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"Every Single Fight Looks Like It Has the Potential of Being a War," Says Promoter Terry Lane

08/13/2010

During our first conversation with Reno, Nevada-based promoter Terry Lane, we unpacked the historical significance of this weekend--namely, the racially charged 1910 brawl between Jack Johnson and Jim Jefferies. And in the second, we touched on Lane's background in the fight game, as well as the impact his father, legendary referee Mills Lane, had on career trajectory.

For the third and final installment of our interview series with Lane, we got down to the nitty-gritty: the July 3 fight card featuring Ulises Solis and Mark Melligen. Here, Lane--who, along with his younger brother, Tommy, and their partner Richard Silverman host the series "Reno Xtreme Fights" at the Grand Sierra Resort--reveals what he's looking forward to seeing on the July 3 card and making boxing history of his own.

What's got you excited about this card? What are you looking forward to seeing?

I'm looking forward to seeing, basically, the different groups of fight fans coming out. We have Joey Gilbert--Joey is a Catholic guy. He was born in Chicago; he has a Jewish step-father. You have Melligen, who's a Filipino. I'm looking forward to seeing his fans come out. And then, obviously, Archie Solis, Eric Ortiz--the Mexican fans coming out. Just a wide array of different groups that'll be there, including just all of the great boxing writers and boxing people. That's what's getting me really excited about the fight. Not to mention every single fight looks like it has the potential of being a war. Tommy and I love putting on the types of shows that have great fight after great fight after great fight. We're boxing fans before we're promoters.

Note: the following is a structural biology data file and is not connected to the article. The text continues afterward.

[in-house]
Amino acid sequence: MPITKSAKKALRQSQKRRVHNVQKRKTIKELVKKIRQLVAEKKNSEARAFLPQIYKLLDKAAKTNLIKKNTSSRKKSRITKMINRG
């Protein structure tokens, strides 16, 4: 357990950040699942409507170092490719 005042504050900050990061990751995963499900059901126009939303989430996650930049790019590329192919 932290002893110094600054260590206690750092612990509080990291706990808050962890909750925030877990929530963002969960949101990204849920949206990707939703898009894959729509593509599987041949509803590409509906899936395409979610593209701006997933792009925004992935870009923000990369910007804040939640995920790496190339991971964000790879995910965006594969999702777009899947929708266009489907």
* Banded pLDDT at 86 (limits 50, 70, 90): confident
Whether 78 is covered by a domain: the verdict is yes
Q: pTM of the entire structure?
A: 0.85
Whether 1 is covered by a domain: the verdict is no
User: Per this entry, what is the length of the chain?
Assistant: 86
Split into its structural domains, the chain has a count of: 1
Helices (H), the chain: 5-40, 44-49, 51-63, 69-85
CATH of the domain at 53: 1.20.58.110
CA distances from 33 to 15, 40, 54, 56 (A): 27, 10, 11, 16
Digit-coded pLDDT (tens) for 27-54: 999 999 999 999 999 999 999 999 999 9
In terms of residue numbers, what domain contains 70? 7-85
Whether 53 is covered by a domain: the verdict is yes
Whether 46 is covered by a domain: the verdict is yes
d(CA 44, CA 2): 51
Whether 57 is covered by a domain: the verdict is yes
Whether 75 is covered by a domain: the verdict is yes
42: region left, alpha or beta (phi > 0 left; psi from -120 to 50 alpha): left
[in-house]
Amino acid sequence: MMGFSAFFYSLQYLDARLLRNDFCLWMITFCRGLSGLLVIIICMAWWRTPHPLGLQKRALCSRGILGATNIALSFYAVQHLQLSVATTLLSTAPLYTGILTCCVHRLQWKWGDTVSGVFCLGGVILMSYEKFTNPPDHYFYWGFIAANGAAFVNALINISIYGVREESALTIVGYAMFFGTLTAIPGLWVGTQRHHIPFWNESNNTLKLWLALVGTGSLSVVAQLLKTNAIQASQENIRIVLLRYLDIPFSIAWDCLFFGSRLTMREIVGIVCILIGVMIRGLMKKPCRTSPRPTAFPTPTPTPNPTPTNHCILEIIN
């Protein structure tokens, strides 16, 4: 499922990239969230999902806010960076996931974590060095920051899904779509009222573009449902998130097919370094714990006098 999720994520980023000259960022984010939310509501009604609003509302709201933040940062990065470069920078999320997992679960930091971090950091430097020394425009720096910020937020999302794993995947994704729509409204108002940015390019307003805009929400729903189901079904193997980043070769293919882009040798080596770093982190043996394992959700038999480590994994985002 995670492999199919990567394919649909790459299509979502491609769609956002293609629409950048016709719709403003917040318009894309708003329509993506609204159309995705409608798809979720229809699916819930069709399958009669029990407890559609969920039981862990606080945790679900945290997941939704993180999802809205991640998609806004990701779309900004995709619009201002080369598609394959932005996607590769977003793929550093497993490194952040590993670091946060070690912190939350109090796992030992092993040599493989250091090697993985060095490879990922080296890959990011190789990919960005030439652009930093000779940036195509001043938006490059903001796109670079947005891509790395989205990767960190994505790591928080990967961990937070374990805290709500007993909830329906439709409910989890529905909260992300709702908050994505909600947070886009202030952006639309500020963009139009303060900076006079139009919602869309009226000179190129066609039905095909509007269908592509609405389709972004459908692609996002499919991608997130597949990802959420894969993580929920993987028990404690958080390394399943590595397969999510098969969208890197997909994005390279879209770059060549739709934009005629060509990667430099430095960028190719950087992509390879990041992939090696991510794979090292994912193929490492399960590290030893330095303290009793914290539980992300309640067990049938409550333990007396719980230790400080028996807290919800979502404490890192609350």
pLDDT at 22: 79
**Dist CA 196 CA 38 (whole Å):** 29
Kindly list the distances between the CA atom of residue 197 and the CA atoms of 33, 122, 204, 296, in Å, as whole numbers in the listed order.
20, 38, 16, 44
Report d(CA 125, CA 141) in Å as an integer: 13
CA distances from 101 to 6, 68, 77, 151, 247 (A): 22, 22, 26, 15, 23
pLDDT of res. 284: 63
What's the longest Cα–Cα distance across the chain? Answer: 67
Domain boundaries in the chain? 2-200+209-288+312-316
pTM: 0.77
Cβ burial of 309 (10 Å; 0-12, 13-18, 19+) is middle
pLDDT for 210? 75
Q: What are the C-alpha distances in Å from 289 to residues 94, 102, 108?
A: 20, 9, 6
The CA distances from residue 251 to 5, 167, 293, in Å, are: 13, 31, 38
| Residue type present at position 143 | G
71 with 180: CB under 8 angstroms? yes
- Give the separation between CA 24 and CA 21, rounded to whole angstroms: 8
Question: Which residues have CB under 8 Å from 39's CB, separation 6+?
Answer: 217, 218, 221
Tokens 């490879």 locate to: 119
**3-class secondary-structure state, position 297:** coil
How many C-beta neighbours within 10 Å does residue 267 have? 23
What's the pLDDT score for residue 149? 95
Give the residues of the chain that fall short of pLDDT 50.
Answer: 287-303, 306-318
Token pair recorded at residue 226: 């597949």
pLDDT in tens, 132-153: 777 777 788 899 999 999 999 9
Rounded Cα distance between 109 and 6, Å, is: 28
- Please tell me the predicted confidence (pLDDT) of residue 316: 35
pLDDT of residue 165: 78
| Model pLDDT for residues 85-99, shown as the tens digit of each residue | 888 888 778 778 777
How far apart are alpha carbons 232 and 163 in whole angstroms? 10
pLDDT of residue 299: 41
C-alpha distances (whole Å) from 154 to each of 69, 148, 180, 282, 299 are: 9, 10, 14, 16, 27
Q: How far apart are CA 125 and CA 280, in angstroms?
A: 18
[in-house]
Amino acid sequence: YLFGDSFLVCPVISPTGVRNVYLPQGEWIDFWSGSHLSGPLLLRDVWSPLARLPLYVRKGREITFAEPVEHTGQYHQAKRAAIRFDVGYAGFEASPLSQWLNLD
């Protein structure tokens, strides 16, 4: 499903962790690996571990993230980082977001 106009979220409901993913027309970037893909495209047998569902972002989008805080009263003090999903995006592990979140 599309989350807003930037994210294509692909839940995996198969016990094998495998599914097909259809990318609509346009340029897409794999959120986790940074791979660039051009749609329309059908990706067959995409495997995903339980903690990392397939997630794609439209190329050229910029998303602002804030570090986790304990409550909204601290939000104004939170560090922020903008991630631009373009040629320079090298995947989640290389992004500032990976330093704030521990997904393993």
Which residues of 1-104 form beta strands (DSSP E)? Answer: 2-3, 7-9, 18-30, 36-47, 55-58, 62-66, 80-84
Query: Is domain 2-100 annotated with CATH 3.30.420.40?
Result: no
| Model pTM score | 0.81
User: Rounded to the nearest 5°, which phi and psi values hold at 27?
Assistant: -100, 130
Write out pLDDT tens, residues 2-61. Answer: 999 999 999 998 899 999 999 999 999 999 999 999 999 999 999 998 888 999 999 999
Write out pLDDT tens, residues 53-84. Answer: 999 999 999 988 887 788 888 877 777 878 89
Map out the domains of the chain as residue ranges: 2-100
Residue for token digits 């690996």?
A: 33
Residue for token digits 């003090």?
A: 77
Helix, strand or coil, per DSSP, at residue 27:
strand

If you're a fighter stepping into the ring on Saturday, you're going to bring an extra amount of energy to this knowing that you're sort of on hallowed ground.

This card is so culturally diverse. I'm such a true believer that boxing broke all of the color barriers decades before Jackie Robinson integrated baseball. I think a lot of the fighters are recognizing that this man Jack Johnson helped pave the way for why boxing is a national, multi-cultural sport.

Your father has obviously been a part of so many major moments in recent boxing history. So, do you feel...that this is maybe your time to put your mark, in small way, on boxing history as well?

I'd like to think so, but this is really about, in some way, just acknowledging how far we've come in 100 years as a people, as a country. That's what it's about to me. I hope that maybe some people can look at what we're doing and say that we've contributed to boxing. But, you know, I'll never be my dad. If I could be one-eighth of the man that he was, then that would be smashing success.

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